“Any law which sets criteria for anything discriminates,” he wrote. While it is right to prohibit distinctions based on sex, race, religion or age in political life, business or employment, “sometimes it is right to draw distinctions even on these grounds.” He gave the example of the law that prohibits children under 16 from marrying.

The government’s proposals have failed “to distinguish rationally between relationships and arrangements which are and are not to be treated as marriage in law.”

Moreover, redefining marriage to create a new “gender-blind” institution will threaten the legitimate social advances made by women over the last 100 years.

“Marriage as currently defined is the central social institution which expresses the idea that men and women are equally valuable as men and women. It is only marriage which harnesses gender difference to the purposes of social cooperation.

“Almost all other ways in which difference is acknowledged – from sports teams to public lavatories – depend on segregation. Sexual union in marriage reinforces a comprehensive ‘together-in-otherness’ of male and female.”

Rivers said that the arguments against same-sex “marriage” coming from religious convictions are legitimate and need to be heard – particularly in a country where the great majority identify themselves as Christian – but are not the only arguments worth making. The government’s proposal, he wrote, fails to address “the fundamental question of what a marriage is, and thus it fails to identify and defend the boundaries of any new definition”.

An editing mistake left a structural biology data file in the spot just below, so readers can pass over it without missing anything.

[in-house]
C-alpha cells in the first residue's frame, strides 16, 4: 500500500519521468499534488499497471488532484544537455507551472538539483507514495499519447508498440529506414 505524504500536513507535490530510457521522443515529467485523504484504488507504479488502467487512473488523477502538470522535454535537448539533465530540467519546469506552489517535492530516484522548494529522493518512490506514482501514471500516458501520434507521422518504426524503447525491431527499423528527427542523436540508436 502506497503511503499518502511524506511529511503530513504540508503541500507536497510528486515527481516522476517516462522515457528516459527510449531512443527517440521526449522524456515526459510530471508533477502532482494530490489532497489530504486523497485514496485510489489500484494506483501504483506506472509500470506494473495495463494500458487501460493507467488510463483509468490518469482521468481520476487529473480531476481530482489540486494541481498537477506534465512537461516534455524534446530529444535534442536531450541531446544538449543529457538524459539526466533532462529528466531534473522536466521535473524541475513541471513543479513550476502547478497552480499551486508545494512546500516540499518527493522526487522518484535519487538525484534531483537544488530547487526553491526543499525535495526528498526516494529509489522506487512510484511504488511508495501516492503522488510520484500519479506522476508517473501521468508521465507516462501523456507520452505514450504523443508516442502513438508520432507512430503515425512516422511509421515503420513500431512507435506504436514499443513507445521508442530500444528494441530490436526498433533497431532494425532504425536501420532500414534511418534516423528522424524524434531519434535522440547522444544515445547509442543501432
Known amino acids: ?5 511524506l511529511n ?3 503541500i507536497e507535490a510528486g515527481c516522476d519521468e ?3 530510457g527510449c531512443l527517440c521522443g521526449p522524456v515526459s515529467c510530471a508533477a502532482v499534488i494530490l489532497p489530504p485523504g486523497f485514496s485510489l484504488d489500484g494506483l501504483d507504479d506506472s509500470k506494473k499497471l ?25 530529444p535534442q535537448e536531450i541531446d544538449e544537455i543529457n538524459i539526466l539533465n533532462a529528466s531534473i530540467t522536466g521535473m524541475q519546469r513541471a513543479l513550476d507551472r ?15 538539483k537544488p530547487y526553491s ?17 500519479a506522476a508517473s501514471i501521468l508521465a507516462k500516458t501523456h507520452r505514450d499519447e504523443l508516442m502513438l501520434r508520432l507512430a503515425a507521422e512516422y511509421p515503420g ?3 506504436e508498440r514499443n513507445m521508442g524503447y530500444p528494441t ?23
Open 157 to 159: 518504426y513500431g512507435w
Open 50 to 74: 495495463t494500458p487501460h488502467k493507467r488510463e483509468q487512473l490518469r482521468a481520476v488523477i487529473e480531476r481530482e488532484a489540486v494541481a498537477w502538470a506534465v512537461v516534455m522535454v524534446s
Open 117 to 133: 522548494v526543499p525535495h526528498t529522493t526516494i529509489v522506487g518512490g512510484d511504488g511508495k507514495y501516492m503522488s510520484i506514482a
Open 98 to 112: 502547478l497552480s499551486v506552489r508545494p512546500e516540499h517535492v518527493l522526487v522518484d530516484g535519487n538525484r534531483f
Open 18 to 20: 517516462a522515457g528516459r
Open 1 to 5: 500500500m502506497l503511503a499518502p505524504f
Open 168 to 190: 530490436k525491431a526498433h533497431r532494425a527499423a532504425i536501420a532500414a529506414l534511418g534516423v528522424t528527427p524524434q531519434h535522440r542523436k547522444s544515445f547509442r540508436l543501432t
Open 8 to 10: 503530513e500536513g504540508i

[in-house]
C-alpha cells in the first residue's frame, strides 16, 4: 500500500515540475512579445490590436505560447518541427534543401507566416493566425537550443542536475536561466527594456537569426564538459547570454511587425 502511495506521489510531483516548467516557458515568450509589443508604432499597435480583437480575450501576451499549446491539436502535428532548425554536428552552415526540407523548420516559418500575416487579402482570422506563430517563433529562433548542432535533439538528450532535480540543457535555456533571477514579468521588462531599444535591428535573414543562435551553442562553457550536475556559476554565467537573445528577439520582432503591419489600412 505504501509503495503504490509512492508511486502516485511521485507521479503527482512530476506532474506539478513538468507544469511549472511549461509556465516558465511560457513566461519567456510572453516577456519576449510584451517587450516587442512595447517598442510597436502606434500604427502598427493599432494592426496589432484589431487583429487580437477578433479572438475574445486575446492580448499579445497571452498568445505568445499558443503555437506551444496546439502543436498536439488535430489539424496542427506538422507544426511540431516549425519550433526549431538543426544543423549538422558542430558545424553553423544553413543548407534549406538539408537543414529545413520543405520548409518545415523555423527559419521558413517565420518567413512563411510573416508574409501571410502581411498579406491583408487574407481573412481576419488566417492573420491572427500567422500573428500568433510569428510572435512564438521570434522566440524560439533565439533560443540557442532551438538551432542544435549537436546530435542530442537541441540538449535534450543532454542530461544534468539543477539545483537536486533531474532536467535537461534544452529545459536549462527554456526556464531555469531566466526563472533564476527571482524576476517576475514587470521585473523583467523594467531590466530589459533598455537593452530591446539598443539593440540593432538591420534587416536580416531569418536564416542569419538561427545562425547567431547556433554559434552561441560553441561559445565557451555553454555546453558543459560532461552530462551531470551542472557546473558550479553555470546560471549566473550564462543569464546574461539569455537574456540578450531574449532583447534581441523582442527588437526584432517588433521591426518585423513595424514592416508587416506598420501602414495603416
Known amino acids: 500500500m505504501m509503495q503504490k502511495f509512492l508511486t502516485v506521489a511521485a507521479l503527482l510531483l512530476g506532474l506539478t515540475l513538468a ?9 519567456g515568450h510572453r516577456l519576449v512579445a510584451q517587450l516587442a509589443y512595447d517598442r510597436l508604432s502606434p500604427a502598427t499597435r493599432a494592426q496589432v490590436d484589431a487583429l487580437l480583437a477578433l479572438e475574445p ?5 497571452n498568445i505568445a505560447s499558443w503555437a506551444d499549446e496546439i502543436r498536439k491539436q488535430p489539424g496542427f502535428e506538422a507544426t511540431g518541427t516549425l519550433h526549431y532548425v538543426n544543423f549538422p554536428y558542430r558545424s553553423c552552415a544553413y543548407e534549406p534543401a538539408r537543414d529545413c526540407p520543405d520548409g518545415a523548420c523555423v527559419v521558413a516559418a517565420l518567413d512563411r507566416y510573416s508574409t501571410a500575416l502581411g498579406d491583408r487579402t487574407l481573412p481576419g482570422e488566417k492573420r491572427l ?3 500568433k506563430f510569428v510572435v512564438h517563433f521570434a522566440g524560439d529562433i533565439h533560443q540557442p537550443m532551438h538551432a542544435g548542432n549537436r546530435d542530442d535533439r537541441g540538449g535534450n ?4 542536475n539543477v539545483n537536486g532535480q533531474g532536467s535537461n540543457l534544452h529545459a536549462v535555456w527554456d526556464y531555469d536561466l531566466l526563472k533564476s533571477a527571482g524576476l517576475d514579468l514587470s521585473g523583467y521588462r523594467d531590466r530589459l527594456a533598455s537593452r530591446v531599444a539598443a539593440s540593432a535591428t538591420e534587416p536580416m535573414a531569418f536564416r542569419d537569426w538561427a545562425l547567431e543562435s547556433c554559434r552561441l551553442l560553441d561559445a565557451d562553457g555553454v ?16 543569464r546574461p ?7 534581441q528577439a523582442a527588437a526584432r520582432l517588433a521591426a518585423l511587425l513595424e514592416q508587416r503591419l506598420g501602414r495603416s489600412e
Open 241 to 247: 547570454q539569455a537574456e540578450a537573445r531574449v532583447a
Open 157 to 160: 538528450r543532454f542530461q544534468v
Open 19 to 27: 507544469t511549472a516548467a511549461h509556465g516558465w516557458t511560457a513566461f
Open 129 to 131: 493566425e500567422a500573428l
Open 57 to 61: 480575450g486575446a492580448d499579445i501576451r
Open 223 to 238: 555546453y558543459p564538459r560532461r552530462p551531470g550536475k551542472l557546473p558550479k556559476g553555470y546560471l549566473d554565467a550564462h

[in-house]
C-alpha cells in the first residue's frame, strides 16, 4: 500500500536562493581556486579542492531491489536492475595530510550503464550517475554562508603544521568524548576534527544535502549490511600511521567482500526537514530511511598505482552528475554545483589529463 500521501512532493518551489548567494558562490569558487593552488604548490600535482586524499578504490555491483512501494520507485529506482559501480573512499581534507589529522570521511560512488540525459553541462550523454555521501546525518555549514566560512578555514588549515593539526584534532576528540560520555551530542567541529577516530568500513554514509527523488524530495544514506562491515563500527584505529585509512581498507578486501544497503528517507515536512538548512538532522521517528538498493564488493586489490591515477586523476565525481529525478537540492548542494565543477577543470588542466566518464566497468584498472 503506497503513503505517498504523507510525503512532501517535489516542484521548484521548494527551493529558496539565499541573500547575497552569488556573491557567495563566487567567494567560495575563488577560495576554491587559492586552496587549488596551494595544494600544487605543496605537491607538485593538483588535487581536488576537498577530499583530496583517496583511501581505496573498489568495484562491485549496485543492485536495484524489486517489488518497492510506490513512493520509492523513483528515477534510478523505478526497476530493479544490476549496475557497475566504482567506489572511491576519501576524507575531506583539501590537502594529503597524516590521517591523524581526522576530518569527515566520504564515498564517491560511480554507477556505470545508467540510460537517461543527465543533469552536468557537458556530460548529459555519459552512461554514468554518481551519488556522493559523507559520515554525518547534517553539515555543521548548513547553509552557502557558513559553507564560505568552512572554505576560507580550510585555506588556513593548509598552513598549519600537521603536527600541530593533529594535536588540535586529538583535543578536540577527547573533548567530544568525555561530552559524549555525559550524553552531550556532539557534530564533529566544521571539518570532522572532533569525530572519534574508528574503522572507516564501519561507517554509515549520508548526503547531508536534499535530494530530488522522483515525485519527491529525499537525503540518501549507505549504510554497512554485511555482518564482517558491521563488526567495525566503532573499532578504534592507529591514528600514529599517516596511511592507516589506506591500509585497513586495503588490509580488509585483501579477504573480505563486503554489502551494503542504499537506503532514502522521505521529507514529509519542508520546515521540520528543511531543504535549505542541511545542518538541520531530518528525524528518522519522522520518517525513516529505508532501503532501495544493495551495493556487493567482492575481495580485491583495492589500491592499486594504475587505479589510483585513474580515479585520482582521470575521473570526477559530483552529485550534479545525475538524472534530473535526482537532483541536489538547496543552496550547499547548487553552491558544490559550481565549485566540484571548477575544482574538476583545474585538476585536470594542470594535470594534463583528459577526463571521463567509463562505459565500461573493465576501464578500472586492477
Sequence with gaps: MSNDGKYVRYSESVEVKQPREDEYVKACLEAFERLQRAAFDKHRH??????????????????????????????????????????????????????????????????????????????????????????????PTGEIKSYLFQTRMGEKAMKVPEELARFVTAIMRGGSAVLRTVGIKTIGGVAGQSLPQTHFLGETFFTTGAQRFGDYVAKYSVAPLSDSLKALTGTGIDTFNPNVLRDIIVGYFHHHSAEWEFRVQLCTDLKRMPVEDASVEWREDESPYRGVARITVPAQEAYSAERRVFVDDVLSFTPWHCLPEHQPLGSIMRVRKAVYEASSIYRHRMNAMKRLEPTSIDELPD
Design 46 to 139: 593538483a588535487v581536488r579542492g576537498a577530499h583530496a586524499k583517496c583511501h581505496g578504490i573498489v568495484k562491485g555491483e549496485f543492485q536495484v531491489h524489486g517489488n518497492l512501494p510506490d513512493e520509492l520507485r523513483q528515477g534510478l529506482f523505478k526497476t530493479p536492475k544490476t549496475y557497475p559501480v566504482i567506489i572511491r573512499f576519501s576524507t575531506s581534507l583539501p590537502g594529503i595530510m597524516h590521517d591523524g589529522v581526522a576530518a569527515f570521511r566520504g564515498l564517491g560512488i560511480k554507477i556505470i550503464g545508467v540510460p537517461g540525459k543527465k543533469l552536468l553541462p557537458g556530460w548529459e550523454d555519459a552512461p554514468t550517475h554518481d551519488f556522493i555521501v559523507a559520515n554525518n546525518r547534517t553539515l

“At root,” he said, the meaning of marriage is socially, not legally defined. It is not the law that makes marriage what it is, but the law that follows the “socially-given expectations”. Marriage itself, in other words, is the underlying, objective reality with the law merely following that template. 

He also warned that the creation of same-sex “marriage” will put a premature end to discussion of the open question of the impact on children of being raised in homosexual households. The popular opinion in government is that there is no “significant deficit” for children raised by two same-sex partners. However, Rivers wrote, “the distinctive gender roles of a father and a mother are important in the psychological development of children.”

“It must be at least possible that having two ‘fathers’ or ‘mothers’ will not compensate for the absent mother/father-figure.” Currently same-sex partners can both adopt and foster children; “redefining marriage will render these developments immune from reconsideration. Such confidence seems premature.”